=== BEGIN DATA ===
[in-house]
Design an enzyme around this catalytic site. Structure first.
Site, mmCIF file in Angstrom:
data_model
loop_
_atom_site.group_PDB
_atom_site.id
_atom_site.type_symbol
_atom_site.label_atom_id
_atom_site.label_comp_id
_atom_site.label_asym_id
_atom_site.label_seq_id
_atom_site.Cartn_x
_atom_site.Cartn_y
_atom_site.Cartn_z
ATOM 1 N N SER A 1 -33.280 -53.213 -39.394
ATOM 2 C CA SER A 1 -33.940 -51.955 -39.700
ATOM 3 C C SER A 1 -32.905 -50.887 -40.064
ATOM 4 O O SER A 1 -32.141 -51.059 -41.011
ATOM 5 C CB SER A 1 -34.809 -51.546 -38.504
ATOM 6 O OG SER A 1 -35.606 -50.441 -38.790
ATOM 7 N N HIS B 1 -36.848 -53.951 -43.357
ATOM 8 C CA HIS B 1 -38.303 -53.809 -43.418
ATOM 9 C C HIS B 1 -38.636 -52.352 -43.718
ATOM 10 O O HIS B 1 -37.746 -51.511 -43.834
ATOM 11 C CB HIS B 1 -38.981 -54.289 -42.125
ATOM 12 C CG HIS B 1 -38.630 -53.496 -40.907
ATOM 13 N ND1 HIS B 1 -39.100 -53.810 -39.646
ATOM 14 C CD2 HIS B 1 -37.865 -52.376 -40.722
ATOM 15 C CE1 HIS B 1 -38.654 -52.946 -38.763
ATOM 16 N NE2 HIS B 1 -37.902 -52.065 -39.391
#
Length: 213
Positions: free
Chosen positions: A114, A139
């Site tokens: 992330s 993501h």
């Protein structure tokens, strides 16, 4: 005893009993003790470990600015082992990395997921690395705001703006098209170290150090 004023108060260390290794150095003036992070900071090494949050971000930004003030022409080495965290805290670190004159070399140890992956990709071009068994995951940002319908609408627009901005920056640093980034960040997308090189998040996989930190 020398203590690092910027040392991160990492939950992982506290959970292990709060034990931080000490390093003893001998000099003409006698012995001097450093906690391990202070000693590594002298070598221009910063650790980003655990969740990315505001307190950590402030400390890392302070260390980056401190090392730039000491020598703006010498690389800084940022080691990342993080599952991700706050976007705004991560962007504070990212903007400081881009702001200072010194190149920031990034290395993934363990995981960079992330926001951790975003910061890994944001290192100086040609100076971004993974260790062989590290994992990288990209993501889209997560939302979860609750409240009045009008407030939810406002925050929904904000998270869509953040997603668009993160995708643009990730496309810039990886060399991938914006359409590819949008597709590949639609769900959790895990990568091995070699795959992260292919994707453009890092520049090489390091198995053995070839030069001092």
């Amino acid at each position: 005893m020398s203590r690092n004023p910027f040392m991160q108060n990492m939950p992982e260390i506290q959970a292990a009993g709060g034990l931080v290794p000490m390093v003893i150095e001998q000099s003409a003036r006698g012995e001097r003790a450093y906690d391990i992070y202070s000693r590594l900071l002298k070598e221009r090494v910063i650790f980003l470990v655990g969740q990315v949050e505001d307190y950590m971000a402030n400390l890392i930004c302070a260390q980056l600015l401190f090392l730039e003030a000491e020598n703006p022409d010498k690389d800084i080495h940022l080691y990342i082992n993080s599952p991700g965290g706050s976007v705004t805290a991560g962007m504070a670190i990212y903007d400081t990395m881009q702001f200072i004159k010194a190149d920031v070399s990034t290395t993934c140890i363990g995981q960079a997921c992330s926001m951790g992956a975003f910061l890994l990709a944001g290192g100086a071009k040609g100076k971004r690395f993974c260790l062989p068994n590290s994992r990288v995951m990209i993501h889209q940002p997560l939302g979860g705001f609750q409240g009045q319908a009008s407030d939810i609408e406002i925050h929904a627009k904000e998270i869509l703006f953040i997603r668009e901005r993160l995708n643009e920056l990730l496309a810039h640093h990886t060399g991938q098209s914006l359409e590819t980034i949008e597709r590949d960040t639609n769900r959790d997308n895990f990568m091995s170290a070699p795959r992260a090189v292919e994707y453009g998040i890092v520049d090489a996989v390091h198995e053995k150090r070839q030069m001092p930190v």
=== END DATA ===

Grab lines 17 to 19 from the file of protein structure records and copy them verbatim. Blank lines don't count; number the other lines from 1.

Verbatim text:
ATOM 2 C CA SER A 1 -33.940 -51.955 -39.700
ATOM 3 C C SER A 1 -32.905 -50.887 -40.064
ATOM 4 O O SER A 1 -32.141 -51.059 -41.011